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Sunday, July 11, 2010

Weekend movies

Watched 2 Hallmark movies on video from the library this weekend, both quite unsatisfying. Both sounded good, but neither lived up to my expectations.

Fallen Angel. Seemed solid, with Gary Sinese as a man who returns to his hometown after many years away and reconnects with a woman (Joely Richardson) from a local family with a dark secret. Very Harlequin romance, but it ended up being so syrupy sweet (with a long lost father and a blind adopted daughter), it was too much for me. Solid performances, pretty scenery (snow that was probably fake) and good kissing could not redeem this.

A Painted House. Even worse. Based on a book by John Grisham, with a great cast including Scott Glenn, Robert Sean Leonard and Melinda Dillon. Some good moments, but mostly a dull and sentimentalized remembrance of a childhood in rural Arkansas (based on Grisham's actual childhood of course, and quite obviously, with lots of shots of the wide-eyed boy experiencing life). The family picks cotton, goes into town on Saturday night, and sits on the porch making pithy observations about the stereo-typically portrayed hillbillies and Mexicans that work their farm. A migrant worker staying on their land kills a man in a fight and the boy lies about it to his parents and the local sheriff. Later, another migrant kills the first migrant, which the boy again happens to witness. He eventually tells his grandfather about this second murder, who encourages him to keep it a secret between the two of them, as no good could come from telling. While all this is going on, the mentally deficit brother of yet another migrant worker paints the family's house for no discernible reason. And the family discovers that the (inexplicably gorgeous) daughter of the poor sharechoppers down the road has had a baby secretly fathered by their beloved older son who is off in Korea. Oh yeah, and Our Hero sneaks a peek at a grown woman bathing in the creek; later she tells him she knows he was watching, but she doesn't mind, that's just what boys do. At the end, the cotton crop is destroyed by a flood and the family moves to Chicago so the father can get a job in the Buick plant (secured by a cousin whose "Yankee" wife they intentionally humiliate when they visit from "up north"). Not sure what the moral of this story was supposed to be, but I was pretty disgusted by the end of it. The consistently bad behavior of the Chandler family is portrayed with a rosy hue that makes it seem all very salt-of-the-earth and downhome. It certainly wasn't condemned in any way. I found it repulsive and not at all entertaining. I understand that it's supposed to be a coming-of-age story, where "reality" intrudes on the child's idyllic life, but the way it was presented was quite off-putting to me.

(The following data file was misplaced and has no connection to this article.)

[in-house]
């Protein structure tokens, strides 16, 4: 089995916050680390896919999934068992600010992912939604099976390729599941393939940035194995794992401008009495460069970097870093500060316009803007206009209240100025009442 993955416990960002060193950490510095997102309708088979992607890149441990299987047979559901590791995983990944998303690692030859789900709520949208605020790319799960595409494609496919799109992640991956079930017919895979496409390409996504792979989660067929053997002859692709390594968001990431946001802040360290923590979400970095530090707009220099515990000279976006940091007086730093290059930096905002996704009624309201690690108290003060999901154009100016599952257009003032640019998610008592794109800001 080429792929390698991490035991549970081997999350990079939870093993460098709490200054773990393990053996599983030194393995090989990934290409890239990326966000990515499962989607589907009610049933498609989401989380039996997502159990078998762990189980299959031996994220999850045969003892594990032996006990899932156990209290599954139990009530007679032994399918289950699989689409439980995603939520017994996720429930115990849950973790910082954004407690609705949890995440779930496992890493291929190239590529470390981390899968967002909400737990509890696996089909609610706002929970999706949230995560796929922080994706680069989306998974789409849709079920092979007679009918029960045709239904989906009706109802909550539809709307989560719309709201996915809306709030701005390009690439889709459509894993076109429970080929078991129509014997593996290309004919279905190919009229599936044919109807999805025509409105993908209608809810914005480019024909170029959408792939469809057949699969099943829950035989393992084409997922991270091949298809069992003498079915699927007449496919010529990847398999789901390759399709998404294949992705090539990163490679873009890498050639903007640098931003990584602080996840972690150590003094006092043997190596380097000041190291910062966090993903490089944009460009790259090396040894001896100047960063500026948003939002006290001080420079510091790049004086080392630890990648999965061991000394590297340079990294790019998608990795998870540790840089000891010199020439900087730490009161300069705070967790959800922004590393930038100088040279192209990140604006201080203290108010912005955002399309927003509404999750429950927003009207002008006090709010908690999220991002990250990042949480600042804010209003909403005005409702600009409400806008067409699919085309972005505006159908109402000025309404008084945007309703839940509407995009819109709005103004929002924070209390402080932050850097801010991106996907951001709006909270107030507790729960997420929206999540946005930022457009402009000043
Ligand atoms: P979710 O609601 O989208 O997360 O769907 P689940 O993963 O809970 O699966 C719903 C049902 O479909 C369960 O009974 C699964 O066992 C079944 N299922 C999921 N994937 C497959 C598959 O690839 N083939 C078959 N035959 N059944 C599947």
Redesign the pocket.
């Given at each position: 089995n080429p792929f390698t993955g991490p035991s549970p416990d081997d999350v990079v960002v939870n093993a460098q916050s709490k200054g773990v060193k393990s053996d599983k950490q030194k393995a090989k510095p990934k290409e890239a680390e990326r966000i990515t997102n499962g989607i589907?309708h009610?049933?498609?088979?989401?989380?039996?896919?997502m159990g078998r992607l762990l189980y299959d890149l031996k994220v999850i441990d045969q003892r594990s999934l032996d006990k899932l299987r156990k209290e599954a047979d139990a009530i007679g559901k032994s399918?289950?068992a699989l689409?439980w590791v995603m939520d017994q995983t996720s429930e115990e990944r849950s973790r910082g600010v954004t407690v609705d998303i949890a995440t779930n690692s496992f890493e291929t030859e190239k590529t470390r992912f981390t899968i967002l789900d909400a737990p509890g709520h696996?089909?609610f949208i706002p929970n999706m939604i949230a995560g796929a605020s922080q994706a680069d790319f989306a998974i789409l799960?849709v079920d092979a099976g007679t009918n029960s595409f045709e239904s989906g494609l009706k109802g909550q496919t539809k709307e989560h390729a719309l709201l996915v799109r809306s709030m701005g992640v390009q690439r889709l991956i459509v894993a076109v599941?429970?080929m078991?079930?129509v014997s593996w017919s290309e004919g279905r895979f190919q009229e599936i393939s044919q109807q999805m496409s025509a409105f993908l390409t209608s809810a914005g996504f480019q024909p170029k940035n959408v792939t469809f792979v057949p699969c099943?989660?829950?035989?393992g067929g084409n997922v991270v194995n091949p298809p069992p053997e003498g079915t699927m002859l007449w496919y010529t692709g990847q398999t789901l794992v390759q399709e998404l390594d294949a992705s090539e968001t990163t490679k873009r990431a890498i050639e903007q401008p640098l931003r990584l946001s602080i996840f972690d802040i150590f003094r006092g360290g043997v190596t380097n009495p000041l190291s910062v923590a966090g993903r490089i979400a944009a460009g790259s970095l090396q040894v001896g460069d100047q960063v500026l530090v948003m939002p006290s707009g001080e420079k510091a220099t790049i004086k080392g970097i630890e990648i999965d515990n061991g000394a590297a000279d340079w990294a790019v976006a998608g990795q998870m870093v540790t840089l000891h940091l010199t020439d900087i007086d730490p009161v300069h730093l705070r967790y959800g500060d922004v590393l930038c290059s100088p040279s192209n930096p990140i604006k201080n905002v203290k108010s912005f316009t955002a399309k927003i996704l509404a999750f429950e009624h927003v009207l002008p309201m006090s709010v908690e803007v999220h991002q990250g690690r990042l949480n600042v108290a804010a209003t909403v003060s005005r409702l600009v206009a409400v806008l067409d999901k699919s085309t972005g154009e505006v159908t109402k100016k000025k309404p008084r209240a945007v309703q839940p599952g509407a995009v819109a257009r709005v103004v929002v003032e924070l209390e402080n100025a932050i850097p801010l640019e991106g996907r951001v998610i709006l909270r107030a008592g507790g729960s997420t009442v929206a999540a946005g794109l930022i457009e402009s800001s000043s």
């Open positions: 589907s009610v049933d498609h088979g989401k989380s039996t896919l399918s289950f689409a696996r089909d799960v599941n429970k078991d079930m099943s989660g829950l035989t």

I'm certainly done with Hallmark movies. I have fond memories of them from my chidlhood, but they've either gotten much worse or I've completely outgrown them.



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